Did you create weekly and monthly social media calendars during an internship? If so, in addition to listing that task, summarize any challenge you overcame to complete it and how you managed to do it. Did you write and distribute media alerts for special events? Great – but that’s only a piece of the story. The more important (unasked) question to answer: What kind of media coverage or social media engagement and buzz resulted from your effort? In other words, anticipate what a potential agency employer wants of a high quality worker and proactively address those needs by citing the results of your work, not just the work itself.
4. Design is fine, but don’t carry it too far
It’s understandable that you want to attract attention to your resume, to make it look sophisticated by using design elements such as unusual fonts, graphics and geometric patterns. However, skip design for design’s sake: Using bold design techniques can hamper, not help, unless you are applying to a graphic design firm. Keep in mind that a PR hiring manager is going to spend only a few seconds glancing at your application. If design distracts from vital information, your resume will not make it to the next round.
Instead, aim for a clean, one-page layout that employs wise use of white space. That said, do NOT extend right and left margins to the point where type is falling off the edges of the page. Yes, some people do this to try to fit everything on one page. If you’ve had multiple internships that just can’t easily fit on one page, better to extend your resume to two pages than try to cram everything into an unreadable blob of text.
And, if you can’t let go of design elements, use them minimally. For example, employ graphics that convey at a glance information about you that would otherwise be too wordy to explain. (Think: A simple infographic about you). Making use of spot color can be a good choice, too. Use a second color to highlight headings in your resume or other copy that you want to stand out. There are plenty of great design examples online – find one and tailor it to make it yours.
One more note on resume design, which actually has to do with your text. Of course, you want your name to be remembered, but using 40-point type at the top of the page to spell it out isn’t the way to earn a positive first impression. A font that size screams at a hiring decision-maker and makes it difficult to move past. I’ll remember that blaring “headline” long before I’ll remember reading any of your qualifications.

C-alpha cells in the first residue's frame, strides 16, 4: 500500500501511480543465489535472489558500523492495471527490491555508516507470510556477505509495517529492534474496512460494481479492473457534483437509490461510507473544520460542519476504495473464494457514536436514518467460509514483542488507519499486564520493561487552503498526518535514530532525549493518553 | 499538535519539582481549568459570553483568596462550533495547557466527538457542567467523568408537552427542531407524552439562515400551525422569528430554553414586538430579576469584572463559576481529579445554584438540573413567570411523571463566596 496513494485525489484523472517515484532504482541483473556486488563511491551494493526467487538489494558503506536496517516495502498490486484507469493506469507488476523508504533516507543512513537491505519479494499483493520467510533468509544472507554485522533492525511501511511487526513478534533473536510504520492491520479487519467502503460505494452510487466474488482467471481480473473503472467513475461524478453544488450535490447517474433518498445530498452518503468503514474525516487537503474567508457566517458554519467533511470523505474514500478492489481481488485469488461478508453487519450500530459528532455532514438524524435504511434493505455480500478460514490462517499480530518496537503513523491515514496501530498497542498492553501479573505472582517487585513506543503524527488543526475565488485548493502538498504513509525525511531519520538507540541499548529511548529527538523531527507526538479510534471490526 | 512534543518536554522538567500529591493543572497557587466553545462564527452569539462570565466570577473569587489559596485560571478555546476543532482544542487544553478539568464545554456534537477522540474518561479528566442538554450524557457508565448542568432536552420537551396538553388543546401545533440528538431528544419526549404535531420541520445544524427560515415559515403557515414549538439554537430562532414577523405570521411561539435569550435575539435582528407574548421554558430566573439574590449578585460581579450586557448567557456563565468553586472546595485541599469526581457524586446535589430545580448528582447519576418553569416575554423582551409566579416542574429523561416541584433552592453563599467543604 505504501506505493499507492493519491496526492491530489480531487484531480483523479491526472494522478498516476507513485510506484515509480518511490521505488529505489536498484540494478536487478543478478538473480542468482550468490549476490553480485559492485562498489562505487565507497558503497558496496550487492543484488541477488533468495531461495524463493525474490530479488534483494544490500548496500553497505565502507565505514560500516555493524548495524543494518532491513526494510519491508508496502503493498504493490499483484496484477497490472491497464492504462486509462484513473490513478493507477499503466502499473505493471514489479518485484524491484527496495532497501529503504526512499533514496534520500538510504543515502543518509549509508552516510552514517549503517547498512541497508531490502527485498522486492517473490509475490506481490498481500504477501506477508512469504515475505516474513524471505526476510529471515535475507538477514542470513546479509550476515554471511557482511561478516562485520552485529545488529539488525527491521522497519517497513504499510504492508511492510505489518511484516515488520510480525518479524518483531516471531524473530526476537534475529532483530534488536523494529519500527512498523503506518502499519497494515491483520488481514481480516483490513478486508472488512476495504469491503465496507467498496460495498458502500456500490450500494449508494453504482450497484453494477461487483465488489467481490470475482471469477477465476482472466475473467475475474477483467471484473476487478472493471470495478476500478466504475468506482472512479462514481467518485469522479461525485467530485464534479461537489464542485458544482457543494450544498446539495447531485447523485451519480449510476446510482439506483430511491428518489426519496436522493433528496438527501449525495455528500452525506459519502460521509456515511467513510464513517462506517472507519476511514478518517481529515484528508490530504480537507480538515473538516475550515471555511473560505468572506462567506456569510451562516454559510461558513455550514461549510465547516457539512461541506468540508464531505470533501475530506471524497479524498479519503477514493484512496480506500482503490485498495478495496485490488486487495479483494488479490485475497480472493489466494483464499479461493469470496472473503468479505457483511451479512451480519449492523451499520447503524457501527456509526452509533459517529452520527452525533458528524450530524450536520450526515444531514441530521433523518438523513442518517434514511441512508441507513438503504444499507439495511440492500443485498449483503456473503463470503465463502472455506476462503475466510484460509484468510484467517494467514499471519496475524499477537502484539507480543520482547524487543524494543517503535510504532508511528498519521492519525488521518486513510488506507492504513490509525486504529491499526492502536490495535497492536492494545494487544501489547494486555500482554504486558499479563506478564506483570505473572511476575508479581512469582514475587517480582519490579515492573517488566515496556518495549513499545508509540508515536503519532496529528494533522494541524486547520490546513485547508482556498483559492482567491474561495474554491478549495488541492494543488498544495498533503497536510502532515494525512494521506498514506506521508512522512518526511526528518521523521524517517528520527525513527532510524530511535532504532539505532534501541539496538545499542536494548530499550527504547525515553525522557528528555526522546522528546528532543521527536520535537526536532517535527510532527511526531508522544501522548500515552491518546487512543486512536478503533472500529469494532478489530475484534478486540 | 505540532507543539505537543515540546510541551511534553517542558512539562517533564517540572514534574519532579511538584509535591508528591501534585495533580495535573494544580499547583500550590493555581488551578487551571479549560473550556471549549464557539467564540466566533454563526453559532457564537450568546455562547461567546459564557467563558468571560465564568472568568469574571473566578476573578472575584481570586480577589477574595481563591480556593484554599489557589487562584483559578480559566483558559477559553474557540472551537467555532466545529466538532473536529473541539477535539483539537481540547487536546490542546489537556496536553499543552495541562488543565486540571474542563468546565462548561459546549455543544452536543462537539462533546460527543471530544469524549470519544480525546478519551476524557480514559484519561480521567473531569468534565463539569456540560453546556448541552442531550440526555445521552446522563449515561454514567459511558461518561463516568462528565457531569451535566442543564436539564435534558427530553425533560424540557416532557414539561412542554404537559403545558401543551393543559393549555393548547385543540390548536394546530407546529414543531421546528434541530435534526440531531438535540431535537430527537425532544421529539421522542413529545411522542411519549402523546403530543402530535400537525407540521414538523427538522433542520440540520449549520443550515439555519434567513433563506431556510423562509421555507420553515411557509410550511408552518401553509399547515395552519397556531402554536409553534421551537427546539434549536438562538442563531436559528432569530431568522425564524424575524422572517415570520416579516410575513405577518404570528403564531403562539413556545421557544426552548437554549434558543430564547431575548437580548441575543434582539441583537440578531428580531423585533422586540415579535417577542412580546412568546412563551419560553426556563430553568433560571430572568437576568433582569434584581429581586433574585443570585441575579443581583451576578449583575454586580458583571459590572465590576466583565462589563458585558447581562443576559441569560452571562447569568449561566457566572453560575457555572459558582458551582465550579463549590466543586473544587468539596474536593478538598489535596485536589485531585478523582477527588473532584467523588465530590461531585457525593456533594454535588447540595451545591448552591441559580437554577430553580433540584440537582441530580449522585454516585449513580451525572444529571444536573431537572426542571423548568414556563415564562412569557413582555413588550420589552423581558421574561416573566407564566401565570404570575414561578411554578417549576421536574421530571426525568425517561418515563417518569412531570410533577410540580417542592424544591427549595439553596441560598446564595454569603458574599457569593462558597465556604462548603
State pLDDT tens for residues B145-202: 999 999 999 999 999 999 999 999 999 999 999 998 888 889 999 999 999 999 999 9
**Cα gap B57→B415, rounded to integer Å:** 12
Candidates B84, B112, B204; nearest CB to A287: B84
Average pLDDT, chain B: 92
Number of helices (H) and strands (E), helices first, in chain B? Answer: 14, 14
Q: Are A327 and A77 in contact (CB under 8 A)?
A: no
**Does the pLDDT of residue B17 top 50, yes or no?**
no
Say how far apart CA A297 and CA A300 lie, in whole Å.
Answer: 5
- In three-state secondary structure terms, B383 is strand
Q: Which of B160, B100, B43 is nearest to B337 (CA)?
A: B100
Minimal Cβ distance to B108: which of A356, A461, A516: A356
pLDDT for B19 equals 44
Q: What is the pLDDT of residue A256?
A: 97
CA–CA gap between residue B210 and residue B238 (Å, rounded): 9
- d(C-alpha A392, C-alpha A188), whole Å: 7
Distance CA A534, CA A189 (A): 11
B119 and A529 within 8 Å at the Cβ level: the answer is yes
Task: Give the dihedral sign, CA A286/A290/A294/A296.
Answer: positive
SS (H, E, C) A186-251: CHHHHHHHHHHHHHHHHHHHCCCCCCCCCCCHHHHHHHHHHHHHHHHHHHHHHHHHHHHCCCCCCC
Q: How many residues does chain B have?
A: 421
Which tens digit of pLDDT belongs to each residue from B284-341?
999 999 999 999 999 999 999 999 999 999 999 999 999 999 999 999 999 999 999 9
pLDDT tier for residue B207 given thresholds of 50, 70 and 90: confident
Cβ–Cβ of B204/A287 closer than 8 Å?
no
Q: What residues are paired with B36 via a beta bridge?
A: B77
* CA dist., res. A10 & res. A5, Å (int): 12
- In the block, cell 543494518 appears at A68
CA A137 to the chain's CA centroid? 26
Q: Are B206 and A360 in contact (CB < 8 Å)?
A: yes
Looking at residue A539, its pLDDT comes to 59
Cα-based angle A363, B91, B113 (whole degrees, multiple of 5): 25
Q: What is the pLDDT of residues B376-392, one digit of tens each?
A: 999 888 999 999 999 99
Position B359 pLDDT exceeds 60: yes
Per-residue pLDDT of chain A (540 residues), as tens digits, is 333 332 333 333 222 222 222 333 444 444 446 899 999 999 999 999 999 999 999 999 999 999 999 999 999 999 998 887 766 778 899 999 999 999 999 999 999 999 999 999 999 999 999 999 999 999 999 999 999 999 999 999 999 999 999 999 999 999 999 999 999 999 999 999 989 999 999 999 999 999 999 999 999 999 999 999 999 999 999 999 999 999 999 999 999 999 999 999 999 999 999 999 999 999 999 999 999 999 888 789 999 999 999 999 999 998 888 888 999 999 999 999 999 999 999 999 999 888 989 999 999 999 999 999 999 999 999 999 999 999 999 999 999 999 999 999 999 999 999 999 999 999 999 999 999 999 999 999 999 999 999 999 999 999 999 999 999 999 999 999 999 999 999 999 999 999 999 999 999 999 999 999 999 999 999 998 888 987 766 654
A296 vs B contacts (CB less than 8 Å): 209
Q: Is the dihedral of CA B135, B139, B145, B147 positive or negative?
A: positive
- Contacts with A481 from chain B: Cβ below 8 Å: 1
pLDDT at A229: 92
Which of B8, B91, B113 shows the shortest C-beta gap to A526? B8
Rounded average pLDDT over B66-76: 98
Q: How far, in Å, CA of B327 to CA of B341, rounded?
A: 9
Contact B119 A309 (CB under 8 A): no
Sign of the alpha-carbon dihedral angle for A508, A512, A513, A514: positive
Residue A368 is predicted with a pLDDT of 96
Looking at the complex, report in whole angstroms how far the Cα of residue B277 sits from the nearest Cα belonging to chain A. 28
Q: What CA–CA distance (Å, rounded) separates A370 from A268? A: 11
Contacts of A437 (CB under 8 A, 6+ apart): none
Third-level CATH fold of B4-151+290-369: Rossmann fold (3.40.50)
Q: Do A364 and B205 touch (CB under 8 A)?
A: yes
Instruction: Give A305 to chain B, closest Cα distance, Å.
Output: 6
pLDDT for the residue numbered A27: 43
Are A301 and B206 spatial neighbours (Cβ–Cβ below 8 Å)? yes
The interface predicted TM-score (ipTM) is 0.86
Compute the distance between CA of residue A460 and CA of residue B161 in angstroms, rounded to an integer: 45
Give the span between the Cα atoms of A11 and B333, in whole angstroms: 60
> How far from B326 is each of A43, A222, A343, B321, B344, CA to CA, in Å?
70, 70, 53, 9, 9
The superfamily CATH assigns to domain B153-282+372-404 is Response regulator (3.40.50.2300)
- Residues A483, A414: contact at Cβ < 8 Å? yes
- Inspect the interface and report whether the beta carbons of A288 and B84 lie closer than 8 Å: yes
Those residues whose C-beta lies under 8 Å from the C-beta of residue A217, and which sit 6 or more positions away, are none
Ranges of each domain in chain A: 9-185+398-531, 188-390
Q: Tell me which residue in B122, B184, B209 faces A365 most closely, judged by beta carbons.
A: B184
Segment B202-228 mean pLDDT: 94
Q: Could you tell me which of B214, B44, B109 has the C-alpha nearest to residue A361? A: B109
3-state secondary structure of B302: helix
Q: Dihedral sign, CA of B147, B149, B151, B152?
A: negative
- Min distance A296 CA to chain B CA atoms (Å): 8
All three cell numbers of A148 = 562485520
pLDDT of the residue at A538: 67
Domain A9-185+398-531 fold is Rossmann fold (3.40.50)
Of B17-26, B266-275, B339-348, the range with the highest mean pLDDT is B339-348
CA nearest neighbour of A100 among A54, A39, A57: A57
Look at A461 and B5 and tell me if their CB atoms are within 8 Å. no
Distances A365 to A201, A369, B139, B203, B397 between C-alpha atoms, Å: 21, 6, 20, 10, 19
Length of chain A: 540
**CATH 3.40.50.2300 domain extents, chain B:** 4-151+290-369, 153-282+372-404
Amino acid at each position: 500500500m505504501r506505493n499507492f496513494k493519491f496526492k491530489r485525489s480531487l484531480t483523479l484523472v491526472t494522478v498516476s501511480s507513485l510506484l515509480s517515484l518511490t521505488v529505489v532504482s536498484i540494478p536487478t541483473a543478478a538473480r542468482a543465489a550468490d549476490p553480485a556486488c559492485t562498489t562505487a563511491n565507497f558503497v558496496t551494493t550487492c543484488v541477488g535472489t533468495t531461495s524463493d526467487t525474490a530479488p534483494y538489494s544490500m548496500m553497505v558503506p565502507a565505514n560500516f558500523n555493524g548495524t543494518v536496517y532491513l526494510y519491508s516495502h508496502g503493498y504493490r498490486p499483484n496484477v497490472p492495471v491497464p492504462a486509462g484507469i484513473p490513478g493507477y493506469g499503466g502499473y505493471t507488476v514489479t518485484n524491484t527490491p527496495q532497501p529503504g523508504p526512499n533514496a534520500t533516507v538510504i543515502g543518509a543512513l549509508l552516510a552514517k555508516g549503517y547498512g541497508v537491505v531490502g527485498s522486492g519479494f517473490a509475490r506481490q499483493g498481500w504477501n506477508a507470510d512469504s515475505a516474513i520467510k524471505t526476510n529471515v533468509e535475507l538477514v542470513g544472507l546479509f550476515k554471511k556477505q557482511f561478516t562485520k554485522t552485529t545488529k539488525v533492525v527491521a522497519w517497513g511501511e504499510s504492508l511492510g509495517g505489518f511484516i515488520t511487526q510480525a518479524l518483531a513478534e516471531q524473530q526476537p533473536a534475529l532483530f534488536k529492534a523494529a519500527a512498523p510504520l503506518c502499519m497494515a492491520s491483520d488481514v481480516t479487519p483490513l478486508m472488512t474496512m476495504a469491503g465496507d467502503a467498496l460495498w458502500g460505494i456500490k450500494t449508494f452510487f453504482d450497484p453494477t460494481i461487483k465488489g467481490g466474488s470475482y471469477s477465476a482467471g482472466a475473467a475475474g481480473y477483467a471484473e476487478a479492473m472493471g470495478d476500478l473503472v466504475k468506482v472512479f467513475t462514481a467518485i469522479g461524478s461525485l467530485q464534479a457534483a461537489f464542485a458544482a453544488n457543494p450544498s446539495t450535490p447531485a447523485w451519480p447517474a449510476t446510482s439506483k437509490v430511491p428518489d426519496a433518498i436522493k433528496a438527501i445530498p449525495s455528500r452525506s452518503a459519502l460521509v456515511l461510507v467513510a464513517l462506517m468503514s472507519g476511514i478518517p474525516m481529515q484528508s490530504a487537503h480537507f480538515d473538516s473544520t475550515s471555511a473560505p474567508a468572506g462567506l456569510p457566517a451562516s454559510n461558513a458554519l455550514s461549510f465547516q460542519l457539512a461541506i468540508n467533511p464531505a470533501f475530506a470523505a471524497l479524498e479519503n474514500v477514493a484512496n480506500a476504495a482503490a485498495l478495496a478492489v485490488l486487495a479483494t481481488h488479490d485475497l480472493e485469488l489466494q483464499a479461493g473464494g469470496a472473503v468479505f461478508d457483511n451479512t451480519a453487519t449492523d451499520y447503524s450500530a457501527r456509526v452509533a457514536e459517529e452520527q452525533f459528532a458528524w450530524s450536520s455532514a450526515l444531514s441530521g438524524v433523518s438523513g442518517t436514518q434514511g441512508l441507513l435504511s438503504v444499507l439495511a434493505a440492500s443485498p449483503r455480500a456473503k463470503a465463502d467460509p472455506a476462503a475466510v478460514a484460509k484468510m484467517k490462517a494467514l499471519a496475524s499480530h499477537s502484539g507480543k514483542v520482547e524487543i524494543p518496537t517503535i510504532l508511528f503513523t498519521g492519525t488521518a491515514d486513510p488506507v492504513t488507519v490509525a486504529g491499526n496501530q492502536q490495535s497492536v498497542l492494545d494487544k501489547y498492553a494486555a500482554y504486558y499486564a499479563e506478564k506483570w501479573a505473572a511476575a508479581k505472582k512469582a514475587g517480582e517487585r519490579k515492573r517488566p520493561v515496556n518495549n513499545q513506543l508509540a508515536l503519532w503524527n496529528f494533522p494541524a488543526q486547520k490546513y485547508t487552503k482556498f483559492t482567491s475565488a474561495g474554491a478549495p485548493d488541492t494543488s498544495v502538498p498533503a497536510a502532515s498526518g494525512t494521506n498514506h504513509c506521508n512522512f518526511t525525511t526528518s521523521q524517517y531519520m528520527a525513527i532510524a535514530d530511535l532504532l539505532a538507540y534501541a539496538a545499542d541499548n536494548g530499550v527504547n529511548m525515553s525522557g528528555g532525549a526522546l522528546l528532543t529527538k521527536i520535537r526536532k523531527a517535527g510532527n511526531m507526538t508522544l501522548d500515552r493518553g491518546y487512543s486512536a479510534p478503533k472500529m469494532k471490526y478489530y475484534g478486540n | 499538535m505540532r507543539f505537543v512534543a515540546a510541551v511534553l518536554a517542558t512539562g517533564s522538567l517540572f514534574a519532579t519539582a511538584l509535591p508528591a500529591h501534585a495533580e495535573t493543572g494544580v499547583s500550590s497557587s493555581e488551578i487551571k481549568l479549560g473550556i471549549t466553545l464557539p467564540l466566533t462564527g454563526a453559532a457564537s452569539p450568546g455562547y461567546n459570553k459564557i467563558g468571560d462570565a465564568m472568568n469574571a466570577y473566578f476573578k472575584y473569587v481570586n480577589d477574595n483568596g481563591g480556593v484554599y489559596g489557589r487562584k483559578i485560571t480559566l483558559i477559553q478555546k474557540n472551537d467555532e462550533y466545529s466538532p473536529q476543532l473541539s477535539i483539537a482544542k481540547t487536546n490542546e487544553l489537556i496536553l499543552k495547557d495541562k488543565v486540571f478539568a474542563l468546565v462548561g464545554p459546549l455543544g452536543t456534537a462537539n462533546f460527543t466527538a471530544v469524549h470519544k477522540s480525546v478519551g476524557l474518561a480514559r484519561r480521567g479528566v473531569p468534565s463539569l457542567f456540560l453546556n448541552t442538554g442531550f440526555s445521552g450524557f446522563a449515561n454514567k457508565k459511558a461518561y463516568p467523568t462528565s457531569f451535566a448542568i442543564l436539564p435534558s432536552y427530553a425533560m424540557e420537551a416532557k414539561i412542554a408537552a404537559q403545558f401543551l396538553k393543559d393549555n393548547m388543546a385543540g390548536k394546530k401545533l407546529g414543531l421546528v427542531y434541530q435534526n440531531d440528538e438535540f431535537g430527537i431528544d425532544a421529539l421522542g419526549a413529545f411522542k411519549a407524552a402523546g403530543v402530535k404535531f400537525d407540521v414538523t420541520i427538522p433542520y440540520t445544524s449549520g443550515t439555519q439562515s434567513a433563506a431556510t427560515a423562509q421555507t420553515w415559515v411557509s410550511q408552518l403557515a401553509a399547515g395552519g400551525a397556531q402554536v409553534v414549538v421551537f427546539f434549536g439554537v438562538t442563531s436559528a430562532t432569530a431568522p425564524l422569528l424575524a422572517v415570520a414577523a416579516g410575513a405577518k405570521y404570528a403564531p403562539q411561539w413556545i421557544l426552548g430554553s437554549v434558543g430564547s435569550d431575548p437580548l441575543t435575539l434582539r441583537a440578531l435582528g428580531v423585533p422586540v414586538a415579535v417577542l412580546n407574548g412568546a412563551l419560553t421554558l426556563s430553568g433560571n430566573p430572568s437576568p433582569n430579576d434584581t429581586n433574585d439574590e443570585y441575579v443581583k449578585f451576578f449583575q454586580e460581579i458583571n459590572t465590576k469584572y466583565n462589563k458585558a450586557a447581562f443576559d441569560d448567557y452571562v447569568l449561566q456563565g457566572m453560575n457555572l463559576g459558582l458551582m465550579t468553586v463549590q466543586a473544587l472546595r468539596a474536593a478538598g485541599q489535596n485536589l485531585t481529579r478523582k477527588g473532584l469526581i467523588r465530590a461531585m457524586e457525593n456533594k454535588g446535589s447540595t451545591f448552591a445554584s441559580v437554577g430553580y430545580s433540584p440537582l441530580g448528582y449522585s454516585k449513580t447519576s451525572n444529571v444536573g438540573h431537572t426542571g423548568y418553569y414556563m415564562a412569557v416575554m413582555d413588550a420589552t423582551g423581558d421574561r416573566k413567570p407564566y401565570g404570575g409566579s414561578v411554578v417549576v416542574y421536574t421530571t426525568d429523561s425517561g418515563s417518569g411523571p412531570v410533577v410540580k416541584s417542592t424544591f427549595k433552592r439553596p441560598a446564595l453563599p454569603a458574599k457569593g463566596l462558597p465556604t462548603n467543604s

5. Include links to online profiles, such as LinkedIn and Twitter
We’ll look for your presence on social media channels, anyway, so why not be proactive and list them on your resume?
A word of caution, however: Pay attention to what you’re tweeting; clean up your Facebook page, be careful what you’re posting to Instagram or Pinterest. Social media is now an important tool in PR and marketing, and how you present and promote yourself online will tell us a lot about how you’ll do the same for our clients. A few pointers:
- Your Spring Break revelry photos may live forever on your social channels – or at least long enough to horrify an agency’s HR director, convincing her that you are not cut out for a professional environment with high expectations.
- Proofread everything – even your tweets! Your writing, wherever it appears, is a direct reflection on your standards for excellence. What’s more, writing is a foundational craft that’s critical to any PR executive’s success. Poor grammar or spelling, even in your social media posts, is a red flag to any potential PR agency employer that you won’t pay attention to those details on the job, either.
- Posting negative comments about past employment experiences, no matter how justified you feel they are. Your future employer is looking for someone with a positive, can-do attitude, who can work effectively as part of a team and who is willing to solve problems rather than complain about them.
- Avoid ranting about controversial topics. Yes, you’re entitled to free speech, but when you’re looking for that critical first job out of college, you want prospective employers to focus on your positive attributes: Your skills, education, aptitude, experience, knowledge and professionalism.
Of course, everyone you know will be ready to give you advice on the best way to prepare your resume. The options are endless and there’s no single “right” choice. Just know that your document is going to receive only a few seconds’ initial inspection, so make that precious time count by putting your best writing and presentation skills to work!